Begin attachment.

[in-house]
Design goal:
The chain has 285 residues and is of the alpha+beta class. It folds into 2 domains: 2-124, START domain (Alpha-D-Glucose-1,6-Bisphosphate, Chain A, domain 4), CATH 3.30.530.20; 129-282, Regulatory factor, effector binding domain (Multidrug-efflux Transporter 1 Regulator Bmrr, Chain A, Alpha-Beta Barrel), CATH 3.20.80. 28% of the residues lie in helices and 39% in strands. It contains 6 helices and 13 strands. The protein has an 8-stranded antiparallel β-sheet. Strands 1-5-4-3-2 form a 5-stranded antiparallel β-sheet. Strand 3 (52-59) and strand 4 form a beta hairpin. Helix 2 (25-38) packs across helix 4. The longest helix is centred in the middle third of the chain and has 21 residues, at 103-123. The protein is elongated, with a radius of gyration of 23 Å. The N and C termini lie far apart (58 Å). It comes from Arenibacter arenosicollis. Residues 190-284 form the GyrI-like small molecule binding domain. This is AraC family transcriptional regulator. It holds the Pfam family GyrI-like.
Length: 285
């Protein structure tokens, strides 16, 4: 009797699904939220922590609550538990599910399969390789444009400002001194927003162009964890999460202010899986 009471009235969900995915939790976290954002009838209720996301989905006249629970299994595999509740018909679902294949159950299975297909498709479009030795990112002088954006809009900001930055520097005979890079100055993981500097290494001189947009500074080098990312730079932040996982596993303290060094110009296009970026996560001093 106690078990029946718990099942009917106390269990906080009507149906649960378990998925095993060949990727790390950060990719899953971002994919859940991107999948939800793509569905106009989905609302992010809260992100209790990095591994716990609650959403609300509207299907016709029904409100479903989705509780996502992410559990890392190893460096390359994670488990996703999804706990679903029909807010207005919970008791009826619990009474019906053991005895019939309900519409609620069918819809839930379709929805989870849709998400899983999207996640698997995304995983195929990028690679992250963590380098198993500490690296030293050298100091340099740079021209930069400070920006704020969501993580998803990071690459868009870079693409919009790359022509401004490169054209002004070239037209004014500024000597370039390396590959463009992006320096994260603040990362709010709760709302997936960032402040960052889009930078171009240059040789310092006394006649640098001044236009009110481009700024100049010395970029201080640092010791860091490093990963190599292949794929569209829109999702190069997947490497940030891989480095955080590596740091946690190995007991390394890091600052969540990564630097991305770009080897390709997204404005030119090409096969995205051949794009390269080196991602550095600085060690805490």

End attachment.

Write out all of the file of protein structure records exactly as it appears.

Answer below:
[in-house]
Design goal:
The chain has 285 residues and is of the alpha+beta class. It folds into 2 domains: 2-124, START domain (Alpha-D-Glucose-1,6-Bisphosphate, Chain A, domain 4), CATH 3.30.530.20; 129-282, Regulatory factor, effector binding domain (Multidrug-efflux Transporter 1 Regulator Bmrr, Chain A, Alpha-Beta Barrel), CATH 3.20.80. 28% of the residues lie in helices and 39% in strands. It contains 6 helices and 13 strands. The protein has an 8-stranded antiparallel β-sheet. Strands 1-5-4-3-2 form a 5-stranded antiparallel β-sheet. Strand 3 (52-59) and strand 4 form a beta hairpin. Helix 2 (25-38) packs across helix 4. The longest helix is centred in the middle third of the chain and has 21 residues, at 103-123. The protein is elongated, with a radius of gyration of 23 Å. The N and C termini lie far apart (58 Å). It comes from Arenibacter arenosicollis. Residues 190-284 form the GyrI-like small molecule binding domain. This is AraC family transcriptional regulator. It holds the Pfam family GyrI-like.
Length: 285
């Protein structure tokens, strides 16, 4: 009797699904939220922590609550538990599910399969390789444009400002001194927003162009964890999460202010899986 009471009235969900995915939790976290954002009838209720996301989905006249629970299994595999509740018909679902294949159950299975297909498709479009030795990112002088954006809009900001930055520097005979890079100055993981500097290494001189947009500074080098990312730079932040996982596993303290060094110009296009970026996560001093 106690078990029946718990099942009917106390269990906080009507149906649960378990998925095993060949990727790390950060990719899953971002994919859940991107999948939800793509569905106009989905609302992010809260992100209790990095591994716990609650959403609300509207299907016709029904409100479903989705509780996502992410559990890392190893460096390359994670488990996703999804706990679903029909807010207005919970008791009826619990009474019906053991005895019939309900519409609620069918819809839930379709929805989870849709998400899983999207996640698997995304995983195929990028690679992250963590380098198993500490690296030293050298100091340099740079021209930069400070920006704020969501993580998803990071690459868009870079693409919009790359022509401004490169054209002004070239037209004014500024000597370039390396590959463009992006320096994260603040990362709010709760709302997936960032402040960052889009930078171009240059040789310092006394006649640098001044236009009110481009700024100049010395970029201080640092010791860091490093990963190599292949794929569209829109999702190069997947490497940030891989480095955080590596740091946690190995007991390394890091600052969540990564630097991305770009080897390709997204404005030119090409096969995205051949794009390269080196991602550095600085060690805490």